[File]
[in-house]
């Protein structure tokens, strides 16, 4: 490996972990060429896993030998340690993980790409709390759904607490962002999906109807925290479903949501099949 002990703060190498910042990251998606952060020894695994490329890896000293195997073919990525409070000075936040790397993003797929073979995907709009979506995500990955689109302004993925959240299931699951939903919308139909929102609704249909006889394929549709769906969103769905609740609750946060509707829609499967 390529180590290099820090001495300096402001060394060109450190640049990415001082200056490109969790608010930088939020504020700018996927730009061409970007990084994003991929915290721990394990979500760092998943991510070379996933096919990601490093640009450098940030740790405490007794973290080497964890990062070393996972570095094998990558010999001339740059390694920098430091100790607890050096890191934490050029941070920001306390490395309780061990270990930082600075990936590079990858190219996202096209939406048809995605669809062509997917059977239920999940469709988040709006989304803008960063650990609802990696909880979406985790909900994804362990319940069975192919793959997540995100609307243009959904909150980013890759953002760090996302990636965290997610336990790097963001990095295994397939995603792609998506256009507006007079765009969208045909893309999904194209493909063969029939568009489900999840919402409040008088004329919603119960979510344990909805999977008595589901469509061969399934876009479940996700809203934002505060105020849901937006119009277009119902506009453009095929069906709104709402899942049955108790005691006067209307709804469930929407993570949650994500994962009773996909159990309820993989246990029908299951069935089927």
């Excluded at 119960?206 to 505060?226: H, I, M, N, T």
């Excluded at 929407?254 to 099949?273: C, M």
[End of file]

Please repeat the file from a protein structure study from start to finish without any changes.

[in-house]
């Protein structure tokens, strides 16, 4: 490996972990060429896993030998340690993980790409709390759904607490962002999906109807925290479903949501099949 002990703060190498910042990251998606952060020894695994490329890896000293195997073919990525409070000075936040790397993003797929073979995907709009979506995500990955689109302004993925959240299931699951939903919308139909929102609704249909006889394929549709769906969103769905609740609750946060509707829609499967 390529180590290099820090001495300096402001060394060109450190640049990415001082200056490109969790608010930088939020504020700018996927730009061409970007990084994003991929915290721990394990979500760092998943991510070379996933096919990601490093640009450098940030740790405490007794973290080497964890990062070393996972570095094998990558010999001339740059390694920098430091100790607890050096890191934490050029941070920001306390490395309780061990270990930082600075990936590079990858190219996202096209939406048809995605669809062509997917059977239920999940469709988040709006989304803008960063650990609802990696909880979406985790909900994804362990319940069975192919793959997540995100609307243009959904909150980013890759953002760090996302990636965290997610336990790097963001990095295994397939995603792609998506256009507006007079765009969208045909893309999904194209493909063969029939568009489900999840919402409040008088004329919603119960979510344990909805999977008595589901469509061969399934876009479940996700809203934002505060105020849901937006119009277009119902506009453009095929069906709104709402899942049955108790005691006067209307709804469930929407993570949650994500994962009773996909159990309820993989246990029908299951069935089927």
């Excluded at 119960?206 to 505060?226: H, I, M, N, T």
């Excluded at 929407?254 to 099949?273: C, M």